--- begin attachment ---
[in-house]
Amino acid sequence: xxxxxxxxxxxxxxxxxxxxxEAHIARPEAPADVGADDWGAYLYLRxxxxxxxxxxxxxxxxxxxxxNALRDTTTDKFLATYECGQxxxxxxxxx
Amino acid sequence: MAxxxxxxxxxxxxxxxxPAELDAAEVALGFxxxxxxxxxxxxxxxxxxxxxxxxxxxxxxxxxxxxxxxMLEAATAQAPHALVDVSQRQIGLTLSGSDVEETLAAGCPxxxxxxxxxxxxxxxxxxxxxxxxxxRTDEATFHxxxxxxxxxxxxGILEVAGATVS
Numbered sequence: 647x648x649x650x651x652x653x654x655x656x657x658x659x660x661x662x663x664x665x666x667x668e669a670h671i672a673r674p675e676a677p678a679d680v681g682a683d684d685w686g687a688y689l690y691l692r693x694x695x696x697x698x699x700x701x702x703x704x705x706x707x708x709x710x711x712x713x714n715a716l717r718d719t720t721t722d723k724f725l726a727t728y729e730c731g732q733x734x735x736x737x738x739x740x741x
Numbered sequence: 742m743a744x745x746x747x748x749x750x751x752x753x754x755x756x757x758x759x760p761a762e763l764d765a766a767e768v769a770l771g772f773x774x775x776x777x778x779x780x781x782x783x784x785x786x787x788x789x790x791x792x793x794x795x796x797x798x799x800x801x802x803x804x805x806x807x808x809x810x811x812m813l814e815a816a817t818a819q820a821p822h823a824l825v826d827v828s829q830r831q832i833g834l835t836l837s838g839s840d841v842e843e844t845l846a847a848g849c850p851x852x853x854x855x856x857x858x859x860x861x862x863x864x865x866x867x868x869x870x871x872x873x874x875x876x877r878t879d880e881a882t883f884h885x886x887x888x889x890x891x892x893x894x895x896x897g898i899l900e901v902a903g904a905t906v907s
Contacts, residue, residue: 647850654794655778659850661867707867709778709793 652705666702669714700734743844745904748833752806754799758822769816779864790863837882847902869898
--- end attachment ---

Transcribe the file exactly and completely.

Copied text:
[in-house]
Amino acid sequence: xxxxxxxxxxxxxxxxxxxxxEAHIARPEAPADVGADDWGAYLYLRxxxxxxxxxxxxxxxxxxxxxNALRDTTTDKFLATYECGQxxxxxxxxx
Amino acid sequence: MAxxxxxxxxxxxxxxxxPAELDAAEVALGFxxxxxxxxxxxxxxxxxxxxxxxxxxxxxxxxxxxxxxxMLEAATAQAPHALVDVSQRQIGLTLSGSDVEETLAAGCPxxxxxxxxxxxxxxxxxxxxxxxxxxRTDEATFHxxxxxxxxxxxxGILEVAGATVS
Numbered sequence: 647x648x649x650x651x652x653x654x655x656x657x658x659x660x661x662x663x664x665x666x667x668e669a670h671i672a673r674p675e676a677p678a679d680v681g682a683d684d685w686g687a688y689l690y691l692r693x694x695x696x697x698x699x700x701x702x703x704x705x706x707x708x709x710x711x712x713x714n715a716l717r718d719t720t721t722d723k724f725l726a727t728y729e730c731g732q733x734x735x736x737x738x739x740x741x
Numbered sequence: 742m743a744x745x746x747x748x749x750x751x752x753x754x755x756x757x758x759x760p761a762e763l764d765a766a767e768v769a770l771g772f773x774x775x776x777x778x779x780x781x782x783x784x785x786x787x788x789x790x791x792x793x794x795x796x797x798x799x800x801x802x803x804x805x806x807x808x809x810x811x812m813l814e815a816a817t818a819q820a821p822h823a824l825v826d827v828s829q830r831q832i833g834l835t836l837s838g839s840d841v842e843e844t845l846a847a848g849c850p851x852x853x854x855x856x857x858x859x860x861x862x863x864x865x866x867x868x869x870x871x872x873x874x875x876x877r878t879d880e881a882t883f884h885x886x887x888x889x890x891x892x893x894x895x896x897g898i899l900e901v902a903g904a905t906v907s
Contacts, residue, residue: 647850654794655778659850661867707867709778709793 652705666702669714700734743844745904748833752806754799758822769816779864790863837882847902869898